“When you have caffeine after 5 or 6 p.m., it can signal to the circadian clock in the same way that seeing light at the wrong time of day can,” says O’Neill. “It's like being jet-lagged.”
His research has shown that all else being equal, caffeine can delay your circadian rhythm by about 45 minutes. “There is a 12-hour window of your day when it is advisable to avoid caffeine,” says O’Neill. “From 6 o'clock at night to 6 o'clock in the morning, these are not good times to be consuming caffeine.”
Avoid Coffee Late at Night
Of course, everybody has an occasional evening coffee if they must finish a project or drive a long way home. That’s not going to completely screw up your sleep hygiene. But making a habit of an evening coffee could potentially mean you're continually out of whack.
“If your biological clock is continually delayed relative to the natural world and you're continually getting, say, an hour or two less sleep than you need, the long-term health prospects for you are less good than if you hadn't done that,” says O’Neill.
Read More: How to Recover From a Sleepless Night
When to Drink Coffee
There’s also research working to show that if you have caffeine too early in the morning, it may advance the circadian clock a little bit so that you would start to feel sleepy earlier. But the effect of that seems to be minimal so far. In fact, there doesn’t seem to be any solid evidence that one time is better than another when it comes to morning coffee consumption.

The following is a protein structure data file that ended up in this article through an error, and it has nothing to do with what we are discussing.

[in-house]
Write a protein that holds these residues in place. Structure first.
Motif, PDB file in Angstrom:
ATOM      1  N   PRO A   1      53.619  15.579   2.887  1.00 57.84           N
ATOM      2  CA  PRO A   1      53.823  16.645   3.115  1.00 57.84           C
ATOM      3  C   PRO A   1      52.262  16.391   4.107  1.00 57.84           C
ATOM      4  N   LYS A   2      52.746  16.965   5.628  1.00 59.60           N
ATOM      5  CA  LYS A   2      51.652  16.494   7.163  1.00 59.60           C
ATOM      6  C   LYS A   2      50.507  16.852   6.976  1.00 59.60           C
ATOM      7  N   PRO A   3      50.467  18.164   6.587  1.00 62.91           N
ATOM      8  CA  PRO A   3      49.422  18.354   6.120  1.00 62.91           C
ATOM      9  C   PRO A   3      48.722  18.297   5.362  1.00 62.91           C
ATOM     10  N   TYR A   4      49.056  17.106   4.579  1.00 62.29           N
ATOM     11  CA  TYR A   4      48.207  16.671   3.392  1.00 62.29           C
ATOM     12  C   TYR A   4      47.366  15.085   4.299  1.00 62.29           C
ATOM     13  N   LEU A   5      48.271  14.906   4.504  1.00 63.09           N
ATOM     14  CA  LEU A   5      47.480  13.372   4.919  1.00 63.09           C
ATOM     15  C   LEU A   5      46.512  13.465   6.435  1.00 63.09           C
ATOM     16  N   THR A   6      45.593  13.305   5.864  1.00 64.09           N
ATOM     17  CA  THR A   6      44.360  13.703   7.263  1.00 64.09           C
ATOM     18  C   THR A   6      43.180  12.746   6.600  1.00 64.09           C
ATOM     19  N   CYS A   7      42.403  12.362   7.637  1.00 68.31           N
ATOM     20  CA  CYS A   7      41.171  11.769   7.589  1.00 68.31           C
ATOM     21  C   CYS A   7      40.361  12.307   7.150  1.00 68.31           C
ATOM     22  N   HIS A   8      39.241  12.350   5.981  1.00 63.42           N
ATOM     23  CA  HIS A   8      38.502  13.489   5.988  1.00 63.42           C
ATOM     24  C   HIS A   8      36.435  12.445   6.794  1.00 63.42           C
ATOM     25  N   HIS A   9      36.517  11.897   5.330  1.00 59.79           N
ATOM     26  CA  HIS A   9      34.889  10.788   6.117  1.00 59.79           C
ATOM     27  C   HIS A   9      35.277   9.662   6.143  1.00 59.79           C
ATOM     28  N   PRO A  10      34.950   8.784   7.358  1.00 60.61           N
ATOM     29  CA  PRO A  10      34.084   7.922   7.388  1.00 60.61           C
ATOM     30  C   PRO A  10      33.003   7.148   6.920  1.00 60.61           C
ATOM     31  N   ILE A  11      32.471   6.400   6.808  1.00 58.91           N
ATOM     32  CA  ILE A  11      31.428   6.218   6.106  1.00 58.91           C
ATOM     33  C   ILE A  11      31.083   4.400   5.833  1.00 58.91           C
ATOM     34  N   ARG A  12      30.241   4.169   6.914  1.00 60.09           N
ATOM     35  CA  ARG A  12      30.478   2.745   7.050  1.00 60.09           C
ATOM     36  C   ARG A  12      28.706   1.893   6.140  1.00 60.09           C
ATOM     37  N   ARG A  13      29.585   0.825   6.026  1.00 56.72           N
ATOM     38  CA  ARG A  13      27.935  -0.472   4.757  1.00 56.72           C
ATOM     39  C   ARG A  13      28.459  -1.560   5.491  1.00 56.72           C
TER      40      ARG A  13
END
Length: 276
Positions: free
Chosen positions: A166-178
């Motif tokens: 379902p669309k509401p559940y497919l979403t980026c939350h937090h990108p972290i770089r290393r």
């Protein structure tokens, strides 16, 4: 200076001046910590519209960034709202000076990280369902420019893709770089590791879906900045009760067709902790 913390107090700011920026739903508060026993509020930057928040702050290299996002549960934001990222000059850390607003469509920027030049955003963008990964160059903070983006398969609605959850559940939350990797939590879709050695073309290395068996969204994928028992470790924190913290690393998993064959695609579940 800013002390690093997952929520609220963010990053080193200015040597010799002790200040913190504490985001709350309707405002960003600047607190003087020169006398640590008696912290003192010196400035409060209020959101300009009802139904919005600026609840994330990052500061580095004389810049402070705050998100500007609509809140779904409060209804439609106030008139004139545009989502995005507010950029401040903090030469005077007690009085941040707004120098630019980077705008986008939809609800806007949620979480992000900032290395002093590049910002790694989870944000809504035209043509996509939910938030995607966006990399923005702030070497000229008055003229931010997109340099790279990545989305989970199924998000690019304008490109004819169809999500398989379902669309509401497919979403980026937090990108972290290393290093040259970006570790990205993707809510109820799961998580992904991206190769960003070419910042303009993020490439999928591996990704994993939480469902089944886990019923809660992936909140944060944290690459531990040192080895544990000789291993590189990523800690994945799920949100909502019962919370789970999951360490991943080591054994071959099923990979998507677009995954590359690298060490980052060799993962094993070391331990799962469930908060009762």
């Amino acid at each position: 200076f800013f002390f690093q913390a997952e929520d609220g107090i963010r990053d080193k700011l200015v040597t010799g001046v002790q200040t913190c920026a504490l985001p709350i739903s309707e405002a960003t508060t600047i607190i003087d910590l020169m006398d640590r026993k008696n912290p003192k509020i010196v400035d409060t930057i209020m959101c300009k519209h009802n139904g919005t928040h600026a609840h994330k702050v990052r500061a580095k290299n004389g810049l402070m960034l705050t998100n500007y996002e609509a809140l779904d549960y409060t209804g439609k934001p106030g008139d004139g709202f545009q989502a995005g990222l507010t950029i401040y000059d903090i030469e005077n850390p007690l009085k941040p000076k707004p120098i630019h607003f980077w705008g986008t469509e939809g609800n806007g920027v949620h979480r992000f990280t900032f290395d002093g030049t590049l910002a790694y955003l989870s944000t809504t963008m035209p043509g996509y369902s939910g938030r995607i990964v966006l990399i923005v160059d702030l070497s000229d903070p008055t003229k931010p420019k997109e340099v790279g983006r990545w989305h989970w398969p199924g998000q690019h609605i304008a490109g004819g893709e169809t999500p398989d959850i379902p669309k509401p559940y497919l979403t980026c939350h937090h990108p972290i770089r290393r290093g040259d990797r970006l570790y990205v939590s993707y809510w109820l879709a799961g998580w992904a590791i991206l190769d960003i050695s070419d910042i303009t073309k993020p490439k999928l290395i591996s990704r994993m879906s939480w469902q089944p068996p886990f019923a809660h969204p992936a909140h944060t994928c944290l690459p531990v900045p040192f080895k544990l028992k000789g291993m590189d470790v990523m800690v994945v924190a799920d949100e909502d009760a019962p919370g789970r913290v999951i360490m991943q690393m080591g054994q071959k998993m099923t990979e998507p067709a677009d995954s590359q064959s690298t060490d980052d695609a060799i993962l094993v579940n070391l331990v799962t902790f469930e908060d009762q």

Drink Coffee in the Morning
“The best time to drink coffee is in the morning,” says William R. Lovallo, professor of psychiatry and behavioral sciences at the University of Oklahoma Health Sciences Center. That’s because caffeine also stimulates the brain chemical dopamine — sometimes called the reward chemical — giving us a little lift and mood boost to get the day started off right. This is also in line with our circadian rhythm, and with the ebb and flow of other hormones that our body produces.
For example, in the morning we also get a little spike in levels of cortisol, a stress hormone that helps our system get going as the sun rises. There have been speculations about whether waiting for the cortisol levels to dip before having a coffee could be a more efficient way to intake caffeine, making the most of the natural burst of energy from cortisol first. But there doesn’t seem to be a lot of scientific evidence to back that up just yet.
“Although cortisol is elevated in the hours after we wake up, that does not seem to mean that it’s not a good time to drink coffee,” says Lovallo who has specifically studied the impact of caffeine on cortisol levels during the day. “It’s not relevant,” says Lovallo. “After all, most people prefer their coffee in the morning, regardless of cortisol levels.”
What’s more, when it comes to the alertness effects of caffeine, don’t forget the placebo effect. Research has shown that people who think they’re consuming caffeine might experience just the same boost as if they had a taste of that sweet stimulant.